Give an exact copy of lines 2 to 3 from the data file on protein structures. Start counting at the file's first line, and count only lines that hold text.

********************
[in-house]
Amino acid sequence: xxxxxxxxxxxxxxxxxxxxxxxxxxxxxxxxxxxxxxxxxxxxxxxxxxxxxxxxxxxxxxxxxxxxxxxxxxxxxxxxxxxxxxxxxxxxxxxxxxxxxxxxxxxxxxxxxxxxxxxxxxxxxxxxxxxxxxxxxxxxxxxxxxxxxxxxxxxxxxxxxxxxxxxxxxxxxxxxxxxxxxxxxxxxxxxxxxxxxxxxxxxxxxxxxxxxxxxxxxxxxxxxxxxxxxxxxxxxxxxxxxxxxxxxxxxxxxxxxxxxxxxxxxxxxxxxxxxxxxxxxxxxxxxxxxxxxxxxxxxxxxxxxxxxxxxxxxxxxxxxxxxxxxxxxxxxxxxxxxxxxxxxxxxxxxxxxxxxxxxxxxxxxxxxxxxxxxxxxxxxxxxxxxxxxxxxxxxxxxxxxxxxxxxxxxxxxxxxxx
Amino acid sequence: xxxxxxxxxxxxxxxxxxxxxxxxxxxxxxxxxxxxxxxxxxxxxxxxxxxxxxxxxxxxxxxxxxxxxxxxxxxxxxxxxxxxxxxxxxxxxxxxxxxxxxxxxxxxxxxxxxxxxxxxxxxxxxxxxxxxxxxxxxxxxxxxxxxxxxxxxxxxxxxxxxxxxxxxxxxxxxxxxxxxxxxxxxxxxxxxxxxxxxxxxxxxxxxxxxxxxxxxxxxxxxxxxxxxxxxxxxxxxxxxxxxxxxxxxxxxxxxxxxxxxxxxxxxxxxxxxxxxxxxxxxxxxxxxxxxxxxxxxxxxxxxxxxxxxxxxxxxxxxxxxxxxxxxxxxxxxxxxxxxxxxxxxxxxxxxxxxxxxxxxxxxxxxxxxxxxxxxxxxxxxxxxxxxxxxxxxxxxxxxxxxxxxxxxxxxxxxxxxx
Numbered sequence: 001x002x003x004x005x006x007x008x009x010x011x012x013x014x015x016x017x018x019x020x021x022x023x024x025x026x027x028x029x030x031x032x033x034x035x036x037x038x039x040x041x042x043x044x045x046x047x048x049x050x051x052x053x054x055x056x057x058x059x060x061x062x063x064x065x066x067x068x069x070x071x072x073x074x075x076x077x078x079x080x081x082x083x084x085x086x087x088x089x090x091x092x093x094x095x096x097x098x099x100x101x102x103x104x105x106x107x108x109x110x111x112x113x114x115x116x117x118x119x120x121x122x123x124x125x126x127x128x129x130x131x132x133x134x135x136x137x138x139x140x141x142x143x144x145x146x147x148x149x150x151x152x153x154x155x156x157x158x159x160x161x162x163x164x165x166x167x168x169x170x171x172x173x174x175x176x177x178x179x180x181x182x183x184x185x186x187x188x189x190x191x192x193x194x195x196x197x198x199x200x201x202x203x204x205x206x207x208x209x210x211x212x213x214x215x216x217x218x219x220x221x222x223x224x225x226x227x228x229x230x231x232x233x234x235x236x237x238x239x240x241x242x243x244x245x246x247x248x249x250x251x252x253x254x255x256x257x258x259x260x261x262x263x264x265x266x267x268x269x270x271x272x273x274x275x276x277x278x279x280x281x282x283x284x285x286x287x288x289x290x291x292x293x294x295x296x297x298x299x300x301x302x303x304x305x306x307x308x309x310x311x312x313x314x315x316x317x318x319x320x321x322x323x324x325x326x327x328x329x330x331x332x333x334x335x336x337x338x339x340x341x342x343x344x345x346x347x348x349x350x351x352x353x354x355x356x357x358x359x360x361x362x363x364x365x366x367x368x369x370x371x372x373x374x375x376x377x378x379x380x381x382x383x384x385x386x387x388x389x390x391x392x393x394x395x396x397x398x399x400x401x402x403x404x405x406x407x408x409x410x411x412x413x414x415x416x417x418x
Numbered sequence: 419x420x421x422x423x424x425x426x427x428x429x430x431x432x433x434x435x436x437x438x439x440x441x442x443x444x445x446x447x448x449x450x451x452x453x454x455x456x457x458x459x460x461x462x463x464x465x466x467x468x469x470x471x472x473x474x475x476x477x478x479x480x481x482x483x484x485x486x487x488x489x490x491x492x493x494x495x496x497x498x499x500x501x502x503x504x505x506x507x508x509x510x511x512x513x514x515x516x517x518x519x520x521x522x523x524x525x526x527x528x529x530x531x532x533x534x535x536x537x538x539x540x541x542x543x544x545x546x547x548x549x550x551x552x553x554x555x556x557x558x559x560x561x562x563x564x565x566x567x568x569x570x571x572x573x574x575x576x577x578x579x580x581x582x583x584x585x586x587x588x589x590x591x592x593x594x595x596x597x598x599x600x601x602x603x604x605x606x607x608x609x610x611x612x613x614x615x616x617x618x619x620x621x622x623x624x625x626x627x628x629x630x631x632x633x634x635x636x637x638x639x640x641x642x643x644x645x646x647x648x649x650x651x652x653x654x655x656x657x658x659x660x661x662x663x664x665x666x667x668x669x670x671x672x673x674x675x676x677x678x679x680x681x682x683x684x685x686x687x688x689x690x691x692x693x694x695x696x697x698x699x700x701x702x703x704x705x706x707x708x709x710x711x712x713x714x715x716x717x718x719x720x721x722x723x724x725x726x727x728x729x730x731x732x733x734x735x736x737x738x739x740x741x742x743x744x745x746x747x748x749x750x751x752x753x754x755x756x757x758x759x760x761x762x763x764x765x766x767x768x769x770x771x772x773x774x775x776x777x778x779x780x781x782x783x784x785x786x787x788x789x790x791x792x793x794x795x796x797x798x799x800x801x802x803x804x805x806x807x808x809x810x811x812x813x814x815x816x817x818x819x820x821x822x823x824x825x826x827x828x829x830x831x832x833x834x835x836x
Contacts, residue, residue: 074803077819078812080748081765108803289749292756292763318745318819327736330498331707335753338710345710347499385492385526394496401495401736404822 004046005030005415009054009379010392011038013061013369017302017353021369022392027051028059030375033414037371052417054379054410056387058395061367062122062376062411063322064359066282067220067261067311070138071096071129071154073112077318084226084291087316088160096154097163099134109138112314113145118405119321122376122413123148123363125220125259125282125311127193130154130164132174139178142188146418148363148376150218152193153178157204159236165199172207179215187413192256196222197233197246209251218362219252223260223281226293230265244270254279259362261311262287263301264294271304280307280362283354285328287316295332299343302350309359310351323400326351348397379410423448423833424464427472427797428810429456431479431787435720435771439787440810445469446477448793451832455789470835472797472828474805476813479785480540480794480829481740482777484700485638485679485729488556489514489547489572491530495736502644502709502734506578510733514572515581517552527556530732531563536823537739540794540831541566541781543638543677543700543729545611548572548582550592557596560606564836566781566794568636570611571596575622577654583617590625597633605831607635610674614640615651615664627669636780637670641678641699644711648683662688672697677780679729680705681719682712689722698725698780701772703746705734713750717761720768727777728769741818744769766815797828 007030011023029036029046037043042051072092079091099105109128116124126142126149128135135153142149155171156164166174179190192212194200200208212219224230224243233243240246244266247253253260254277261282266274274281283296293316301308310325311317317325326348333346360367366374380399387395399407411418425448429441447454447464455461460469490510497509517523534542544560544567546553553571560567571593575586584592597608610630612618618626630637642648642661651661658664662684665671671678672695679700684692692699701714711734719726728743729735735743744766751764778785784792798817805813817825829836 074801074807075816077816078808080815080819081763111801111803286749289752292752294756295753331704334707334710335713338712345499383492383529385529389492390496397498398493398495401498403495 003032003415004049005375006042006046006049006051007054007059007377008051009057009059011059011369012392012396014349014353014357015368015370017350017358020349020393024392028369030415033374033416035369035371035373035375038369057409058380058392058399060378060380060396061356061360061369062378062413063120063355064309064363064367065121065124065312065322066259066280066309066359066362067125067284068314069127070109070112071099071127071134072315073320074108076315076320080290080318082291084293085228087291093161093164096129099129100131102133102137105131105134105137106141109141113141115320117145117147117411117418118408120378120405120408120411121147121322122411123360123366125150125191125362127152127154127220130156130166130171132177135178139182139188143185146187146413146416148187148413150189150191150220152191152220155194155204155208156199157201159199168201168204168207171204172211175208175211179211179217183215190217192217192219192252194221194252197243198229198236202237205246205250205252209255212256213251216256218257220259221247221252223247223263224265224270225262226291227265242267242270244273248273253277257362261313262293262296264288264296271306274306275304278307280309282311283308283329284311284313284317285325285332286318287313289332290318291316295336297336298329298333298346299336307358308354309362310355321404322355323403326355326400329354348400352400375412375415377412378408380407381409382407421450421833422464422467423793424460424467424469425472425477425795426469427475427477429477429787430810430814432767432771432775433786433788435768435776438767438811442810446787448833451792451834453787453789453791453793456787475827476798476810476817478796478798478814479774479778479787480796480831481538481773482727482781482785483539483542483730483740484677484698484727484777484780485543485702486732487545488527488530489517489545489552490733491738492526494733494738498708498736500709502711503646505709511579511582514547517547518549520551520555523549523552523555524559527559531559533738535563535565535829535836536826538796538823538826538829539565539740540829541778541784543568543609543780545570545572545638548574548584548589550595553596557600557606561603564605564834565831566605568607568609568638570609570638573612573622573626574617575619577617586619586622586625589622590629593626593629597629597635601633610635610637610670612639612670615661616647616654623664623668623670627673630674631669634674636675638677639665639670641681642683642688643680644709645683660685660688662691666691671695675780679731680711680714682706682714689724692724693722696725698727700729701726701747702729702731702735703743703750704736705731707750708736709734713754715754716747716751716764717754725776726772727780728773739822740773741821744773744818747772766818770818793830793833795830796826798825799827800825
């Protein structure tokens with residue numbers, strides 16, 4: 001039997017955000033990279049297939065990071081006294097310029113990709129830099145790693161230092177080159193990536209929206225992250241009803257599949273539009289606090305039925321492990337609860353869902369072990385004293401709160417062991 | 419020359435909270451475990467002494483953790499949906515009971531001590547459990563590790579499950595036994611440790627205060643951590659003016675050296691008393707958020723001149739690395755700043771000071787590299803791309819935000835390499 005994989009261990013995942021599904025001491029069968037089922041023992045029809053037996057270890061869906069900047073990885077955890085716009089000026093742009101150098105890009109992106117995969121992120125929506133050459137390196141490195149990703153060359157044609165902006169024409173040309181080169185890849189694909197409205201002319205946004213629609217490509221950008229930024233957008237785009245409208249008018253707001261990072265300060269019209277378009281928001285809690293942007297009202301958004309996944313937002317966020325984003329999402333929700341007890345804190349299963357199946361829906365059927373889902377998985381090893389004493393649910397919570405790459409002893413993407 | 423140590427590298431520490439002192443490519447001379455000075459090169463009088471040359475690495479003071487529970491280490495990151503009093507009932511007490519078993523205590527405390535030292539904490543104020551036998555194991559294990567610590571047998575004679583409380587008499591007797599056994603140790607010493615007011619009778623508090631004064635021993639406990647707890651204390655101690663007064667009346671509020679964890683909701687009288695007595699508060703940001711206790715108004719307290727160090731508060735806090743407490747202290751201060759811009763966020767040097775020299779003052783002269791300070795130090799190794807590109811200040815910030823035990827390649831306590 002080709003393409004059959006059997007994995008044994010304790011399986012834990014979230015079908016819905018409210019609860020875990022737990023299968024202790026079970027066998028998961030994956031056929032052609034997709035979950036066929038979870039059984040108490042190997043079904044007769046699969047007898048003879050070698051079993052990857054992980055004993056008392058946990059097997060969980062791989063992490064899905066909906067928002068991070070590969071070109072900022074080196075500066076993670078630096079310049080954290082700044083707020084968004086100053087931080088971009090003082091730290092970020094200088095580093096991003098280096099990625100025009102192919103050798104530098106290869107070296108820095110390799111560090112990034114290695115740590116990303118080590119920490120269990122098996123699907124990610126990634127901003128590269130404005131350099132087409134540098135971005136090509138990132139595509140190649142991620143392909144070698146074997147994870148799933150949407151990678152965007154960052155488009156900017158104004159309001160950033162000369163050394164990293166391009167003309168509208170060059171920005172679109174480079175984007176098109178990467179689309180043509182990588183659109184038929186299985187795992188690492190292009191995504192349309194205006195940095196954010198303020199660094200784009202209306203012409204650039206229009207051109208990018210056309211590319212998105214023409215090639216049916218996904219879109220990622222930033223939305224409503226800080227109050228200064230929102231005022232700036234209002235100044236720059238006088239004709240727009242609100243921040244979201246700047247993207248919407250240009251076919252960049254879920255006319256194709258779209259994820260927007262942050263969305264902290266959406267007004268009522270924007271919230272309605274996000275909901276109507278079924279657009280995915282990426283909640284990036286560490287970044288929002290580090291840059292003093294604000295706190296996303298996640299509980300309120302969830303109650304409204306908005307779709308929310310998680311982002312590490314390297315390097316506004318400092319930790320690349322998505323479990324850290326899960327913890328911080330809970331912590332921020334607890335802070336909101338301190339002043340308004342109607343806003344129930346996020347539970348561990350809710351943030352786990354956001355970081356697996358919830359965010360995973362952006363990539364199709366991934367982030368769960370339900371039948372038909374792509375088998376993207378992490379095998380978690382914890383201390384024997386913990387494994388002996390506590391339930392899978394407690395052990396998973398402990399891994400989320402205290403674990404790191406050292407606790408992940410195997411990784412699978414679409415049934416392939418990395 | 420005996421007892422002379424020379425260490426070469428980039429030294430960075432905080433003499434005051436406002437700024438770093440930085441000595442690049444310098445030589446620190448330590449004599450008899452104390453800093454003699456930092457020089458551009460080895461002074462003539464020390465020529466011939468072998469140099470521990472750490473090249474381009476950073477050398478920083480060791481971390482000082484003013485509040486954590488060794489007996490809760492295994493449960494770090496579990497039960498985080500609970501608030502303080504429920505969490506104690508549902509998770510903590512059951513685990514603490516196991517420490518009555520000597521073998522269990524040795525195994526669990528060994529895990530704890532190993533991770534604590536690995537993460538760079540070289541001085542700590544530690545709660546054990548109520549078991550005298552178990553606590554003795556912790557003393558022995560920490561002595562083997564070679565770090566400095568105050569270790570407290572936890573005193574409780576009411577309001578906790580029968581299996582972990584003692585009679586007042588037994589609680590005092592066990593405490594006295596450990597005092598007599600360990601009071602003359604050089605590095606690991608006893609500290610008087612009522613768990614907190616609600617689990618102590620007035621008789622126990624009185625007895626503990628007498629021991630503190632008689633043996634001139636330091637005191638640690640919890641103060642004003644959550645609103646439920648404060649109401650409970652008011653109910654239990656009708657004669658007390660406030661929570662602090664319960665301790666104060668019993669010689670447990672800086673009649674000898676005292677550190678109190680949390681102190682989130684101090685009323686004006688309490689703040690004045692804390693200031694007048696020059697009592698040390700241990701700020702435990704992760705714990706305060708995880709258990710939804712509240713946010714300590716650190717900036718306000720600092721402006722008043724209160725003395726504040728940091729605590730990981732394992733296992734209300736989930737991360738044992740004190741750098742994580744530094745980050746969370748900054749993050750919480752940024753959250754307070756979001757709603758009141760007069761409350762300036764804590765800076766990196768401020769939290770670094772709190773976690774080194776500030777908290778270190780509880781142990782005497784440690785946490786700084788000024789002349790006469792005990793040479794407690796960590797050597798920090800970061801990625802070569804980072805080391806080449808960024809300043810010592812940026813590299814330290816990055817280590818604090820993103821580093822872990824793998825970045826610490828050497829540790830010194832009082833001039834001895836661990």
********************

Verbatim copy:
Amino acid sequence: xxxxxxxxxxxxxxxxxxxxxxxxxxxxxxxxxxxxxxxxxxxxxxxxxxxxxxxxxxxxxxxxxxxxxxxxxxxxxxxxxxxxxxxxxxxxxxxxxxxxxxxxxxxxxxxxxxxxxxxxxxxxxxxxxxxxxxxxxxxxxxxxxxxxxxxxxxxxxxxxxxxxxxxxxxxxxxxxxxxxxxxxxxxxxxxxxxxxxxxxxxxxxxxxxxxxxxxxxxxxxxxxxxxxxxxxxxxxxxxxxxxxxxxxxxxxxxxxxxxxxxxxxxxxxxxxxxxxxxxxxxxxxxxxxxxxxxxxxxxxxxxxxxxxxxxxxxxxxxxxxxxxxxxxxxxxxxxxxxxxxxxxxxxxxxxxxxxxxxxxxxxxxxxxxxxxxxxxxxxxxxxxxxxxxxxxxxxxxxxxxxxxxxxxxxxxxxxxxx
Amino acid sequence: xxxxxxxxxxxxxxxxxxxxxxxxxxxxxxxxxxxxxxxxxxxxxxxxxxxxxxxxxxxxxxxxxxxxxxxxxxxxxxxxxxxxxxxxxxxxxxxxxxxxxxxxxxxxxxxxxxxxxxxxxxxxxxxxxxxxxxxxxxxxxxxxxxxxxxxxxxxxxxxxxxxxxxxxxxxxxxxxxxxxxxxxxxxxxxxxxxxxxxxxxxxxxxxxxxxxxxxxxxxxxxxxxxxxxxxxxxxxxxxxxxxxxxxxxxxxxxxxxxxxxxxxxxxxxxxxxxxxxxxxxxxxxxxxxxxxxxxxxxxxxxxxxxxxxxxxxxxxxxxxxxxxxxxxxxxxxxxxxxxxxxxxxxxxxxxxxxxxxxxxxxxxxxxxxxxxxxxxxxxxxxxxxxxxxxxxxxxxxxxxxxxxxxxxxxxxxxxxxx